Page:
"The third vulnerability, CVE-2013-3781, exists in Exchange Server 2013 through the Data Loss Protection (DLP) feature," Microsoft's bulletin states. "This vulnerability could cause the affected Exchange Server to become unresponsive if a user views a specially crafted file through Outlook Web Access in a browser."
Although only rated by Microsoft as being "Important," Ross Barrett security researcher at Rapid7, sees the MS13-062 bulletin as perhaps the most genuinely interesting vulnerability this month. That bulletin is an elevation of privilege issue in Microsoft Remote Procedure Call (RPC).
"Microsoft has described this as extremely difficult to exploit, which I can only assume is a challenge to exploit writers everywhere to prove them wrong," Barrett said.
Wolfgang Kandek, CTO of security firm Qualys, commented that he sees the MS13-065 bulletin that details an IPv6 denial-of-service issue as being noteworthy. In Kandek's view, the IPv6 flaw gives us a glimpse of this new attack surface. The vast majority of all Internet traffic today is carried over IPv4, which has a 32-bit addressing scheme that is running out of usable space. In contrast, the next-generation IPv6 addressing system has a 128-bit space.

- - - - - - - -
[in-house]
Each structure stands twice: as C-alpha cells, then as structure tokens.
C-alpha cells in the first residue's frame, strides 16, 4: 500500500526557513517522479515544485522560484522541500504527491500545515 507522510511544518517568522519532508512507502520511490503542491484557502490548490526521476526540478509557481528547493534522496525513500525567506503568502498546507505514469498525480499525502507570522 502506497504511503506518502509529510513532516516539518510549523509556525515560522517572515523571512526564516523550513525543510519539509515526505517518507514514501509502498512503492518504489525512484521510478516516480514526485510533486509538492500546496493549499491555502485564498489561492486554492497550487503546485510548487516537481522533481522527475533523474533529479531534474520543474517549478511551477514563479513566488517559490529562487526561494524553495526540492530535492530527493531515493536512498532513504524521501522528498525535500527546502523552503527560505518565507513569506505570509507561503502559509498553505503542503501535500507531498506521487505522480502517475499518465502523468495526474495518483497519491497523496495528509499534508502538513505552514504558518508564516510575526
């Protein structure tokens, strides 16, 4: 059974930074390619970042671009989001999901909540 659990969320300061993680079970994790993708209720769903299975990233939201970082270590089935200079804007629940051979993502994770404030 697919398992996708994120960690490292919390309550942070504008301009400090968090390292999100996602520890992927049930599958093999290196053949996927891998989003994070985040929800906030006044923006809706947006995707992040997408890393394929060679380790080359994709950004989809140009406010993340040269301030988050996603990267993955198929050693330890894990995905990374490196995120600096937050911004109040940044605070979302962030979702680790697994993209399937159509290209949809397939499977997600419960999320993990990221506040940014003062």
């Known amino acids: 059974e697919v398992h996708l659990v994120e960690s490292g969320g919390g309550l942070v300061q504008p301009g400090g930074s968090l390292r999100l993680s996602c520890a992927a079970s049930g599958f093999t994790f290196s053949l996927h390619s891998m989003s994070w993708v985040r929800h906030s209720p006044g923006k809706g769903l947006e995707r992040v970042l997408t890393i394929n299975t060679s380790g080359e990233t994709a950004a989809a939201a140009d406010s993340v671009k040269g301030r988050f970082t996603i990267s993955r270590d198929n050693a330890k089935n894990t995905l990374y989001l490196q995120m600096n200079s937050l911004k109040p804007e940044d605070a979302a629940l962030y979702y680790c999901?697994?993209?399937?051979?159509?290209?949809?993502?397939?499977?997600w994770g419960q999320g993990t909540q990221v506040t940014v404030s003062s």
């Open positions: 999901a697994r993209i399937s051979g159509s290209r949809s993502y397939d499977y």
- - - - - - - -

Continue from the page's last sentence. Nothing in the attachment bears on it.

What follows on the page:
"I don't think researchers have focused on that [IPv6] area yet, so there will be more vulnerabilities to come," Kandek said. "At the same time, IPv6 tends to be just on by default and I believe many organizations are not actively managing it."
Sean Michael Kerner is a senior editor at eWEEK and InternetNews.com. Follow him on Twitter @TechJournalist.